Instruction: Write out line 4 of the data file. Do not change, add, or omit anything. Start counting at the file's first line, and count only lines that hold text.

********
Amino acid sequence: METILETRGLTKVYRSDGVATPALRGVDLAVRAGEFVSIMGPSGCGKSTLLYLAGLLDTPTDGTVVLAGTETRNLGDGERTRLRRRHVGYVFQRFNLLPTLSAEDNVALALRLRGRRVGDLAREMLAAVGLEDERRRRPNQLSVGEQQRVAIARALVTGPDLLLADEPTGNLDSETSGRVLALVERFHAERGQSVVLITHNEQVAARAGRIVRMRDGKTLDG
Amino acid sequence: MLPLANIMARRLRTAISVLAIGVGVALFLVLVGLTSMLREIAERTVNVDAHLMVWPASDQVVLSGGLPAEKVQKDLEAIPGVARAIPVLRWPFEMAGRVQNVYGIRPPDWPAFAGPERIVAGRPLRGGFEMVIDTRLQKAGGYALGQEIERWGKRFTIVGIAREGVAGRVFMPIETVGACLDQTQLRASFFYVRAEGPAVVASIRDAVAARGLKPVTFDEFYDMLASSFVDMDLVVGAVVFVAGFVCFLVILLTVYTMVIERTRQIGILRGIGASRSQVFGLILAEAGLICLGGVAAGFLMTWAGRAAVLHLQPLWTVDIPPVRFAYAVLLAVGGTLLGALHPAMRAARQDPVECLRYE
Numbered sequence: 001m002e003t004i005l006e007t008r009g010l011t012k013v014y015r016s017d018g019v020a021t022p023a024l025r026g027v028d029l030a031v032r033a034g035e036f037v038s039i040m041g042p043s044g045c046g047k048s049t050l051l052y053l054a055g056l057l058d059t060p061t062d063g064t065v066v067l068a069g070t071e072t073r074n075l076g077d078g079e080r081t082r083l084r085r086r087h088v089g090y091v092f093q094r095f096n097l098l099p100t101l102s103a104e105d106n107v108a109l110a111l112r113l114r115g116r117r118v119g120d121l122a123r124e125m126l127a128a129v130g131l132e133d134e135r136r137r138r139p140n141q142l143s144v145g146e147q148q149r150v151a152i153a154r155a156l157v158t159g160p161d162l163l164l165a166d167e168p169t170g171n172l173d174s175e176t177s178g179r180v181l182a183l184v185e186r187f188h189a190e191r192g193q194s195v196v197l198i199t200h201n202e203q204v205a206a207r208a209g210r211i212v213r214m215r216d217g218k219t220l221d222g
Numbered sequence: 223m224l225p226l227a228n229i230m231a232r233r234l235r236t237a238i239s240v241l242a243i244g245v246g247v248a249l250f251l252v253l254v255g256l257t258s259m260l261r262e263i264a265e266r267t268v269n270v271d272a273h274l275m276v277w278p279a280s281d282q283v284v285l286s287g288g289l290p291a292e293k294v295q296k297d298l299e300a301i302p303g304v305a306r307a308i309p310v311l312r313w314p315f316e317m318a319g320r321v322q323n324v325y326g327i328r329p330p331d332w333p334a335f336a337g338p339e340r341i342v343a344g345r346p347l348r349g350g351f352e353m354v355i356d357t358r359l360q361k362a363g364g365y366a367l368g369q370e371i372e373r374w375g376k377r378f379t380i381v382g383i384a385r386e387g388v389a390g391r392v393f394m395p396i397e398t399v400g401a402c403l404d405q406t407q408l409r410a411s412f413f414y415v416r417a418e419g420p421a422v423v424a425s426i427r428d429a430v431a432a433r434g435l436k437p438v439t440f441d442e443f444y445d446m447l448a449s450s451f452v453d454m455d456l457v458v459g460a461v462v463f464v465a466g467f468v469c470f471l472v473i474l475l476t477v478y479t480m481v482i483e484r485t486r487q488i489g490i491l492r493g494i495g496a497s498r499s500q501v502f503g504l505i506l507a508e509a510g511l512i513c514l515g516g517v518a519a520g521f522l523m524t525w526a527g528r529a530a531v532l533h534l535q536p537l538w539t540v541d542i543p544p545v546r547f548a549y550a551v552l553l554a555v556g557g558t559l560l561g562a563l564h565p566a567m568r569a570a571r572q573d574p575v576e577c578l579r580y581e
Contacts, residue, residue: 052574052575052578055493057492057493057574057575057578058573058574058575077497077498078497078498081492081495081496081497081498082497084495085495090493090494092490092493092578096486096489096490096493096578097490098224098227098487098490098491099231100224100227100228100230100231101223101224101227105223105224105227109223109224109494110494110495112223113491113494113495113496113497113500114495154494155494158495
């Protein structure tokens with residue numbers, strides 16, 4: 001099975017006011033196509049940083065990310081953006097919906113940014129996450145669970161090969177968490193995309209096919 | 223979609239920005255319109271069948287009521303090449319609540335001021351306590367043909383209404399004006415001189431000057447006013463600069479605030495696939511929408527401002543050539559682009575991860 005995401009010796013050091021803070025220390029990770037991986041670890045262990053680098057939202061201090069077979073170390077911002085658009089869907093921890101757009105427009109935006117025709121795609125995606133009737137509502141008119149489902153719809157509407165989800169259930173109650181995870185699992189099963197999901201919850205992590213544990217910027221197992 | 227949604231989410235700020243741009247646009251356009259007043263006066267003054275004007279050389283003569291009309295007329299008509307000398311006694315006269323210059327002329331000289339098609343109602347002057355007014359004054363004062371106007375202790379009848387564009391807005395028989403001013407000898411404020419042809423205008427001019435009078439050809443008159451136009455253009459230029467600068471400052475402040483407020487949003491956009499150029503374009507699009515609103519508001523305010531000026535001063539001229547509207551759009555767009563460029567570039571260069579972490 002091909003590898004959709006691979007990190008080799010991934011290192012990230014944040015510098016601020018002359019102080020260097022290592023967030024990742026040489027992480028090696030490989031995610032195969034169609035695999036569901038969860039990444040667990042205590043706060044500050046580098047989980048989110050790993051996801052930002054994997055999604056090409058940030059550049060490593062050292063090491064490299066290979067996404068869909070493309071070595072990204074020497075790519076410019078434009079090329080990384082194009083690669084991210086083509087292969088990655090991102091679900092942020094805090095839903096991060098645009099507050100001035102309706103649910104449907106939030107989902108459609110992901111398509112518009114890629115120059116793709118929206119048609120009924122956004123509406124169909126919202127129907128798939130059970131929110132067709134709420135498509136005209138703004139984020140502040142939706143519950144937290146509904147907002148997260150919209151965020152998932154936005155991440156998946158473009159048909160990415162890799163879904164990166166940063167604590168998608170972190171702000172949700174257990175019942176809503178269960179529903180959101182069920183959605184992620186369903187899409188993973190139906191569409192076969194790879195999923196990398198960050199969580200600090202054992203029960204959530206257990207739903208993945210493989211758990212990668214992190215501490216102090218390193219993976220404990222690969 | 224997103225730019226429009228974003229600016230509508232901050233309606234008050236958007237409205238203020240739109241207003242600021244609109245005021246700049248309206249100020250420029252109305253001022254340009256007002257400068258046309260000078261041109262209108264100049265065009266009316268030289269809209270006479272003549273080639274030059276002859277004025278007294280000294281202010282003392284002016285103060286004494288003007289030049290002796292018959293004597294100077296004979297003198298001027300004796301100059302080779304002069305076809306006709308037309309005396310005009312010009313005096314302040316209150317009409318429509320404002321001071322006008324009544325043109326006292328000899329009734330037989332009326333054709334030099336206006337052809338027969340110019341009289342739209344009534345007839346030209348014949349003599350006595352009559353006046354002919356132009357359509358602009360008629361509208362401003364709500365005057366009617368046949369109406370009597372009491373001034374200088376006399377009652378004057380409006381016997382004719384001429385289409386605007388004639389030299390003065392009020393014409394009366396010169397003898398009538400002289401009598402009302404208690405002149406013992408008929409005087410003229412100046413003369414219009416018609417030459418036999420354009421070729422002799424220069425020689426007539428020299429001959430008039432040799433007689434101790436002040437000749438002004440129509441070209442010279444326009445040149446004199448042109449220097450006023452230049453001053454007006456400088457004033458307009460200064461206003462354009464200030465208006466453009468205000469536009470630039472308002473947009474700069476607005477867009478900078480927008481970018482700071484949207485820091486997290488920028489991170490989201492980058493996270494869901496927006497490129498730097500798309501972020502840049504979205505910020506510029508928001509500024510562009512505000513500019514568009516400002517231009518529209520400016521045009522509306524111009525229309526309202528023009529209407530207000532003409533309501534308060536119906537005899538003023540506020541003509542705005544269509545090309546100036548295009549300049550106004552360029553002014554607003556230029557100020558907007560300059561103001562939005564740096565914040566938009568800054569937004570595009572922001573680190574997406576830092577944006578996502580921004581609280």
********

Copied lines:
Numbered sequence: 223m224l225p226l227a228n229i230m231a232r233r234l235r236t237a238i239s240v241l242a243i244g245v246g247v248a249l250f251l252v253l254v255g256l257t258s259m260l261r262e263i264a265e266r267t268v269n270v271d272a273h274l275m276v277w278p279a280s281d282q283v284v285l286s287g288g289l290p291a292e293k294v295q296k297d298l299e300a301i302p303g304v305a306r307a308i309p310v311l312r313w314p315f316e317m318a319g320r321v322q323n324v325y326g327i328r329p330p331d332w333p334a335f336a337g338p339e340r341i342v343a344g345r346p347l348r349g350g351f352e353m354v355i356d357t358r359l360q361k362a363g364g365y366a367l368g369q370e371i372e373r374w375g376k377r378f379t380i381v382g383i384a385r386e387g388v389a390g391r392v393f394m395p396i397e398t399v400g401a402c403l404d405q406t407q408l409r410a411s412f413f414y415v416r417a418e419g420p421a422v423v424a425s426i427r428d429a430v431a432a433r434g435l436k437p438v439t440f441d442e443f444y445d446m447l448a449s450s451f452v453d454m455d456l457v458v459g460a461v462v463f464v465a466g467f468v469c470f471l472v473i474l475l476t477v478y479t480m481v482i483e484r485t486r487q488i489g490i491l492r493g494i495g496a497s498r499s500q501v502f503g504l505i506l507a508e509a510g511l512i513c514l515g516g517v518a519a520g521f522l523m524t525w526a527g528r529a530a531v532l533h534l535q536p537l538w539t540v541d542i543p544p545v546r547f548a549y550a551v552l553l554a555v556g557g558t559l560l561g562a563l564h565p566a567m568r569a570a571r572q573d574p575v576e577c578l579r580y581e